Humanics in the Era of Artificial Intelligence

Humanics in the Era of Artificial Intelligence

With the current age of technological development, it is now known for a fact that Artificial Intelligence and Automation are no longer a future prospect of growth and these trends have already taken up huge roles in various industries around the world. Sophistication and luxury are turning into the ultimate need of a man after the basic food, water and shelter. Though automation and AI provide ease at work and home, one cannot overlook the threats that these trends might bring along with the huge set of advantages.


With the widespread reach and development of Artificial Intelligence, workers everywhere are becoming anxious about how these new age trends would affect their career. On a recent study by Pew Research, it was found that most workers from about 10 emerging economies expect the robots and other AI machines to entirely perform the work that is currently done by humans within the next 50 years. Estimations also reveal that some jobs will disappear gradually and some will disappear altogether.


The World Economic Forum suggests many white-collar jobs, like accounting, will be at risk from future automation, while the Organization for Economic Cooperation and Development (OECD) says low-skilled jobs will be most vulnerable and there’ll still be a strong correlation between education and income. Either way, skills are becoming outdated faster than ever before. Automation and AI trends will not only affect the lower skilled jobs but it will also bring disruptions in professions such as law and accounting.


Thus robot-proofing one’s career becomes very important and for that one needs to constantly update oneself with the skills needed for we know that existence in the world is always been about “SURVIVAL OF THE FITTEST”.  Though robotics and automation are said to cause a major blow on the employment opportunities, one cannot assure the work ethics from these new age trends. A small malfunction can result in disruption of the entire system thus leading to terrible consequences. The possible solution to this problem is “HUMANICS”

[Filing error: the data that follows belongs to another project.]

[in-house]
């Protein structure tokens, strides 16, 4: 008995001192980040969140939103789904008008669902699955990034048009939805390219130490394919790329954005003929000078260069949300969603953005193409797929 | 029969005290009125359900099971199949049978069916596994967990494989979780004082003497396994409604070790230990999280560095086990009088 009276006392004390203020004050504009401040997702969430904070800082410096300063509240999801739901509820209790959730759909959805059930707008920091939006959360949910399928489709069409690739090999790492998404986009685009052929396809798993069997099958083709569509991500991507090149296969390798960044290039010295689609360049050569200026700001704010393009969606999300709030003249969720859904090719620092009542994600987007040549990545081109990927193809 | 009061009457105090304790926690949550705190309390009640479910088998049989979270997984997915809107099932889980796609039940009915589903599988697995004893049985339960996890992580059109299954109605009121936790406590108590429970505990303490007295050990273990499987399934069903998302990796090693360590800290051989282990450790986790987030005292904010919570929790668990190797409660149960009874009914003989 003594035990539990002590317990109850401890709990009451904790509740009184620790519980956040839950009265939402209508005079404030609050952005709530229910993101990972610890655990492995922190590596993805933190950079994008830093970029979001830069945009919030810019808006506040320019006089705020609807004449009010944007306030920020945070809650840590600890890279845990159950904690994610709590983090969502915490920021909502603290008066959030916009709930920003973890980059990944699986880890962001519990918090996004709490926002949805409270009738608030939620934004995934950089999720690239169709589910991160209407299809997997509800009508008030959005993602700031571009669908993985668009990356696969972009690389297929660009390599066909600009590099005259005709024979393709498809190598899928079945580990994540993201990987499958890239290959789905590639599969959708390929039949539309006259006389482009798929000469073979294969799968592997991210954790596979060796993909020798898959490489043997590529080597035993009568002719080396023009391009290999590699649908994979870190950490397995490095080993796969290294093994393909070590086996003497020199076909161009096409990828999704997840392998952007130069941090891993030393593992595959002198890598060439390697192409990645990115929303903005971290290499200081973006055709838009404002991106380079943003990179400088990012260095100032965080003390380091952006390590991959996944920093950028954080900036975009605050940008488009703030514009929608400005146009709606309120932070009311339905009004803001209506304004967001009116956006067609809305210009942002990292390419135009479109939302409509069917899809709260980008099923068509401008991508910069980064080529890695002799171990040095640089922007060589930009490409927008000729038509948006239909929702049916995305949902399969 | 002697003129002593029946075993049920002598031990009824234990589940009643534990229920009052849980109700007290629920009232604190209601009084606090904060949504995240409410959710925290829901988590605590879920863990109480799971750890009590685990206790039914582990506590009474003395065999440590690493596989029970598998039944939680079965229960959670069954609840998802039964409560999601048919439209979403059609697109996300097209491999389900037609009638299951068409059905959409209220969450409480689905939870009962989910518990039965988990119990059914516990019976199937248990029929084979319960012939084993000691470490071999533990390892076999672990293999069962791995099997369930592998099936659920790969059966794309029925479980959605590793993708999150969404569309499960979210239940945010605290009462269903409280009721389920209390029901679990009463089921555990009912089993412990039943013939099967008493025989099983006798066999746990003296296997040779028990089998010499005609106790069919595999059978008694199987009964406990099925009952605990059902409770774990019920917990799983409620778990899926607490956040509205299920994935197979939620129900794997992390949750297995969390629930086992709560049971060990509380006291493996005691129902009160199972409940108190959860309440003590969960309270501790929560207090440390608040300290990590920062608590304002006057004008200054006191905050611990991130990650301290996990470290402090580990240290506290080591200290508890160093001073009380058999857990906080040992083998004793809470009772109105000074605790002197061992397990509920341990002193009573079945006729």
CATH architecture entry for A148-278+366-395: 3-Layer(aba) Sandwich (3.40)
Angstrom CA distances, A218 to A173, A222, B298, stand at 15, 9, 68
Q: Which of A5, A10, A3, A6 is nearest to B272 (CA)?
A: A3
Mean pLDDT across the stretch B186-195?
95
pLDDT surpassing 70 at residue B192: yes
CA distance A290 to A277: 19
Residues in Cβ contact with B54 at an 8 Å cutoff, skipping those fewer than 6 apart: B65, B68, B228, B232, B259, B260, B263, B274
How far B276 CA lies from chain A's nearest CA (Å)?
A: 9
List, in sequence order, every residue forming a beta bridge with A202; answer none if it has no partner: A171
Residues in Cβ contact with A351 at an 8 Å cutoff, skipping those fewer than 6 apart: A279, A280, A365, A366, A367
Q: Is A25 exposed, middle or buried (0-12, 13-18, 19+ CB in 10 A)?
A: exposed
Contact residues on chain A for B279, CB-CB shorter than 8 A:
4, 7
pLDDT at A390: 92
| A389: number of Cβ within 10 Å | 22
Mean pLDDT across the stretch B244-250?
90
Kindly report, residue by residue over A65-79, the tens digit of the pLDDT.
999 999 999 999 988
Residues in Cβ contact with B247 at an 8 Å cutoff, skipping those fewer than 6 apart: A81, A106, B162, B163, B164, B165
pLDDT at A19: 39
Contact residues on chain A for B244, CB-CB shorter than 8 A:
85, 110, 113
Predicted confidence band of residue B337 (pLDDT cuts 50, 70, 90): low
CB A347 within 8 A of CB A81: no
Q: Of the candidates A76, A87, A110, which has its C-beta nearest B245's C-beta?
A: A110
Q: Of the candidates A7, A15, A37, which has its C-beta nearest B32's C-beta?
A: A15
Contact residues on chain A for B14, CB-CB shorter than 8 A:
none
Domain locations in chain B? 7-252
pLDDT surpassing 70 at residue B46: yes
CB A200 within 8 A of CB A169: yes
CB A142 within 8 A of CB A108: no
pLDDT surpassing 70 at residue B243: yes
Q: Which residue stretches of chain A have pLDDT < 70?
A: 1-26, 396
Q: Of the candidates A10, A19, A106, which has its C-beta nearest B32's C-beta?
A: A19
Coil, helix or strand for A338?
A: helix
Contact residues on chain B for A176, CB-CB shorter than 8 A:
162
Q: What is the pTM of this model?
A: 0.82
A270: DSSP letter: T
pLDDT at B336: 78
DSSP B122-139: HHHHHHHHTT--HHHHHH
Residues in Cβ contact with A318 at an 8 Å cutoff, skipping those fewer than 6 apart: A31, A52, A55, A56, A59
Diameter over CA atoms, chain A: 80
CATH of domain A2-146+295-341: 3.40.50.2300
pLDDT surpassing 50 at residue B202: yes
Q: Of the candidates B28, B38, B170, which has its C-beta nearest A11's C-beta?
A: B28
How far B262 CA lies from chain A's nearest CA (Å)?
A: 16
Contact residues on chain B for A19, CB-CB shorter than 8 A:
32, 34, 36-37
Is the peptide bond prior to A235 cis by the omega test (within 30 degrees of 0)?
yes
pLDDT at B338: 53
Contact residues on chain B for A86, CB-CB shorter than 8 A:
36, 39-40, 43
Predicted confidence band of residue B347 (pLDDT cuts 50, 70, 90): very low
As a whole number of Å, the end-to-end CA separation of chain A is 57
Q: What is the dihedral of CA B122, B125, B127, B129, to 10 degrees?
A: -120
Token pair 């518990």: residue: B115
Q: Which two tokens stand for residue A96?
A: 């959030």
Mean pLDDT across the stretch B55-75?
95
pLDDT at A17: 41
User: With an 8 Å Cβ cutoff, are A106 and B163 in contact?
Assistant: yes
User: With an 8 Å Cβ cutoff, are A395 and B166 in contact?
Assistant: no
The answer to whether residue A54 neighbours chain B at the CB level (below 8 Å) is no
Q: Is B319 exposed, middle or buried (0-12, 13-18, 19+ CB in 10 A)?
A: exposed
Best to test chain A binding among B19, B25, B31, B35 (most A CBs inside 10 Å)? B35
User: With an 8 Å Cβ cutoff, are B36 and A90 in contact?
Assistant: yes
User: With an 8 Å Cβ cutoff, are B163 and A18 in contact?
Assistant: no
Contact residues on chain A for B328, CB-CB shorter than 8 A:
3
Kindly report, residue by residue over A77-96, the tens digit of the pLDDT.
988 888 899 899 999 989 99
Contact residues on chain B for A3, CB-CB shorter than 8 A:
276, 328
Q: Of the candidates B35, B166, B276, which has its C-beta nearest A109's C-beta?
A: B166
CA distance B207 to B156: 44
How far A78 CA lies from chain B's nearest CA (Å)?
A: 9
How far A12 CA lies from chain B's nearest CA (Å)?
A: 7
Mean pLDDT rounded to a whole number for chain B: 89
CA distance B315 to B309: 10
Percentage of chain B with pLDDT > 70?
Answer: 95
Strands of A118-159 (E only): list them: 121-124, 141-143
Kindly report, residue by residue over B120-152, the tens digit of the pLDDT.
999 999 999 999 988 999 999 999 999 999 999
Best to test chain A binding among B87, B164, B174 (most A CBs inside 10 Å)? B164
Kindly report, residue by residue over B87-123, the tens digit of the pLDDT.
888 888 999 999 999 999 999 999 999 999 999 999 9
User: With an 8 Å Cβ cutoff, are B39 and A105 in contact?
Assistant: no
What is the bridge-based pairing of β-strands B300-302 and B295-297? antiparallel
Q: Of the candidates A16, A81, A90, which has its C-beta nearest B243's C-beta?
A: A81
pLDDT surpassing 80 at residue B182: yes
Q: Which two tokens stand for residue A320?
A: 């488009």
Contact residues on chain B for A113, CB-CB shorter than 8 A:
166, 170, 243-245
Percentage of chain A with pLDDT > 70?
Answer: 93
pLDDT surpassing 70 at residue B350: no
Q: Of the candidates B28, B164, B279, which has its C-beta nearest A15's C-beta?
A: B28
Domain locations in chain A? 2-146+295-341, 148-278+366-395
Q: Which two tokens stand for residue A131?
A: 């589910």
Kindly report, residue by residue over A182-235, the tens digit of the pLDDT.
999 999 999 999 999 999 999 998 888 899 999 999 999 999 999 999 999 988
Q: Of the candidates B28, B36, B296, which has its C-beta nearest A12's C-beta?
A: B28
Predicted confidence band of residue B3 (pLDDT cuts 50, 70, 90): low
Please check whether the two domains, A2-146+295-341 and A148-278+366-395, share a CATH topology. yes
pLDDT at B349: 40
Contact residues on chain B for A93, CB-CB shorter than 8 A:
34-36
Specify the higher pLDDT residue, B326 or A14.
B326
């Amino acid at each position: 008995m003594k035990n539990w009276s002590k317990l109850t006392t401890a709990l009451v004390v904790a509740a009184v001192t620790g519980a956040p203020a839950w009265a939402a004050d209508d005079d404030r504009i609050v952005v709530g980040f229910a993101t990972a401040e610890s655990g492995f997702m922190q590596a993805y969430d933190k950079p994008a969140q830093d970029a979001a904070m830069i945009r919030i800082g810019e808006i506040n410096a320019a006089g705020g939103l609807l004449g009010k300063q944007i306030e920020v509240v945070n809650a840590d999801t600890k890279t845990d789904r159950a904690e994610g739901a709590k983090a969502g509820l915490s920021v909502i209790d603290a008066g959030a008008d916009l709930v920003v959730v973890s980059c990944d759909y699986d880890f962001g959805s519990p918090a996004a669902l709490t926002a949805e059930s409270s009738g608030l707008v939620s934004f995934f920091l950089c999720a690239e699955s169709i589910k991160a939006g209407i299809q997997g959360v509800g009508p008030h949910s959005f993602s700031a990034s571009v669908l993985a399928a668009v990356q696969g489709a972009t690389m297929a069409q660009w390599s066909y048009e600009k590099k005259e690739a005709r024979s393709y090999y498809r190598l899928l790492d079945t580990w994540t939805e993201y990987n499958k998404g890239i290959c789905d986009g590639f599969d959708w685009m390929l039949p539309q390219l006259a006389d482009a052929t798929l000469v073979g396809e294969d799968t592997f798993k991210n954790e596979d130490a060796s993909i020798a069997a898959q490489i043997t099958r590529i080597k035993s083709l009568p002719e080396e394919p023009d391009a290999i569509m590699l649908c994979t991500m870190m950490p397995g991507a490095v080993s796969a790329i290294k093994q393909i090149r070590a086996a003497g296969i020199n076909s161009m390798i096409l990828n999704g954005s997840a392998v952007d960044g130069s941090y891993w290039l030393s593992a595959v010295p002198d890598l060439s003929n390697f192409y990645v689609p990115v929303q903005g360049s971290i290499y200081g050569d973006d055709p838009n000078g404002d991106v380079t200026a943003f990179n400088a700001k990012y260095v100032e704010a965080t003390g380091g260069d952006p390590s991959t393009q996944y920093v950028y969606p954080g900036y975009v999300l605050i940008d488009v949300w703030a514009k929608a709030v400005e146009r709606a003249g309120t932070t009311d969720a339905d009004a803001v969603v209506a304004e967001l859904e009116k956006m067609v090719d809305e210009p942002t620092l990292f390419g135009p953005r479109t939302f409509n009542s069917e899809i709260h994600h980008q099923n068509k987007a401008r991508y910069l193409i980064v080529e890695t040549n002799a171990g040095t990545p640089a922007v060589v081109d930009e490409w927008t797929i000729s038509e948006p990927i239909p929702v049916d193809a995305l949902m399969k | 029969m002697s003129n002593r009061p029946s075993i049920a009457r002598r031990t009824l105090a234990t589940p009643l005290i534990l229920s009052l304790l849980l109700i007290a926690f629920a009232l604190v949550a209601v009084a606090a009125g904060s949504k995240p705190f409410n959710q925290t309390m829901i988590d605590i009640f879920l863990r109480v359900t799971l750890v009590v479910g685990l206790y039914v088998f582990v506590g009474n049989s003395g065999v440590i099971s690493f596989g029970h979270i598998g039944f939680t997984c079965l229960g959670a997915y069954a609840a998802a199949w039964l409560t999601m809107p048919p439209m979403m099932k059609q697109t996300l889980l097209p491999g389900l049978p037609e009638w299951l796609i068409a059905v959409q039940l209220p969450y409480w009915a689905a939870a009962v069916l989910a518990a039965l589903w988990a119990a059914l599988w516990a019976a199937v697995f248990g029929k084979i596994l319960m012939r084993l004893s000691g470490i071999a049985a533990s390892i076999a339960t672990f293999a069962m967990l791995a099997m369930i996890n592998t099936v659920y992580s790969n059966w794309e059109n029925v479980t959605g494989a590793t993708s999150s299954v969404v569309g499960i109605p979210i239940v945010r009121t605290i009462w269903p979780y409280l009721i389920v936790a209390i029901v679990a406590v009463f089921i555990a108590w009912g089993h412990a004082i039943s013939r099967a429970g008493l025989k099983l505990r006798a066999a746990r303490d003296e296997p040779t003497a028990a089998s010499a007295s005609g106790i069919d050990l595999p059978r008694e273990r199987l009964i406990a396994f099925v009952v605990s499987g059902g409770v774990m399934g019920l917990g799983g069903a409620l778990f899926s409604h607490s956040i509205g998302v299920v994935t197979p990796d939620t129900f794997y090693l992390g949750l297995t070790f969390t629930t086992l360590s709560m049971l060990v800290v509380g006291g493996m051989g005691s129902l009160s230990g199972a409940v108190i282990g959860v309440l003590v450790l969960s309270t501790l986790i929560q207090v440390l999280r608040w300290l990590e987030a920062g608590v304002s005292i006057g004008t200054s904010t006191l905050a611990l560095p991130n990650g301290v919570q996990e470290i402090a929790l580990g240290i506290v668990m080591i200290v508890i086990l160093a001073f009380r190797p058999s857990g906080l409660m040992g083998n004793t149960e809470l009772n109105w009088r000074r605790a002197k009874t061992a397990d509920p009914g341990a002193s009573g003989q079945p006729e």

HUMANICS is defined as the study of human nature or human affairs. According to Northeastern University president Joseph Aoun, who wrote Robot-Proof: Higher Education in the Age of Artificial Intelligence, the only way to keep up in the uncertain future is to combine technical, data and human skills. He also insists that education needs to change dramatically if workers are to adapt to this new environment. His solution, which he calls humanics, has three basic pillars. Technical ability, Data discipline and Human discipline.


The technical ability deals with understanding how machines function and how to interact with them. As both artificial intelligence and robotics become larger and more capable than ever, machines will step into roles once monopolised by humans. Some employees won’t stand a chance, but others will find themselves working with machines, and probably being vastly more productive as a result. Sources claim that workers with a strong foundation in coding and engineering principles will be better placed to thrive in this new kind of workplace.


Data discipline involves navigating the sea of information that’s generated by these machines. Data is the primary most important factor in any field of work. One cannot deny the fact that “Information is wealth”. Hence workers will need data literacy to read, analyse and use the almost bottomless troves of information that are increasingly guiding everything from major business decisions to stock picks to purchasing decisions.


Human discipline is nothing but “what we humans can do that machines for the foreseeable future, cannot emulate.” This is said to include creativity, cultural agility, empathy and the ability to take information from one context and apply it to another. In educational terms, this means less emphasis on the classroom and a greater emphasis on experiential learning.


Aoun says that the rapid change in pace need not be necessarily negative, but it does give a message to the universities and educational institutions around the globe to shift their focus towards lifelong education and training mid-career workers. He also says that “We’re constantly becoming obsolete. And in some ways, that’s an enormous opportunity for us all to re-educate ourselves and update ourselves. Those that are able to do it will be able to flourish.”


Though sources claim that universities, particularly in the US, Canada and Australia, are increasingly focusing on interdisciplinary studies. The tertiary institutions in other countries are still a little more traditional in their approach and are far too focused on four-year undergraduate courses and academic research.


Technology is constantly upending our expectations, with change being the only certainty. Hence it is essential to understand our changing relationship with the machines and adapt to education accordingly. Perhaps, this requires us humans to focus on skills that are hard for artificial intelligence to replicate, more specifically taking context from one discipline and applying it to another. As we can see HUMANICS is itself about combining three different disciplines together.


Thus the only way to survive in this constantly moving pace is to make the most out of what we humans are, “creative, innovative, entrepreneurial, possessing the ability to interact with other people, work with them and be empathetic.”



Umayal R
Umayal R

Engineer in making with a thing for writing, fueled by caffeine. Living by the quote "Go where you feel most alive" and "What doesn't kill you makes you stronger"

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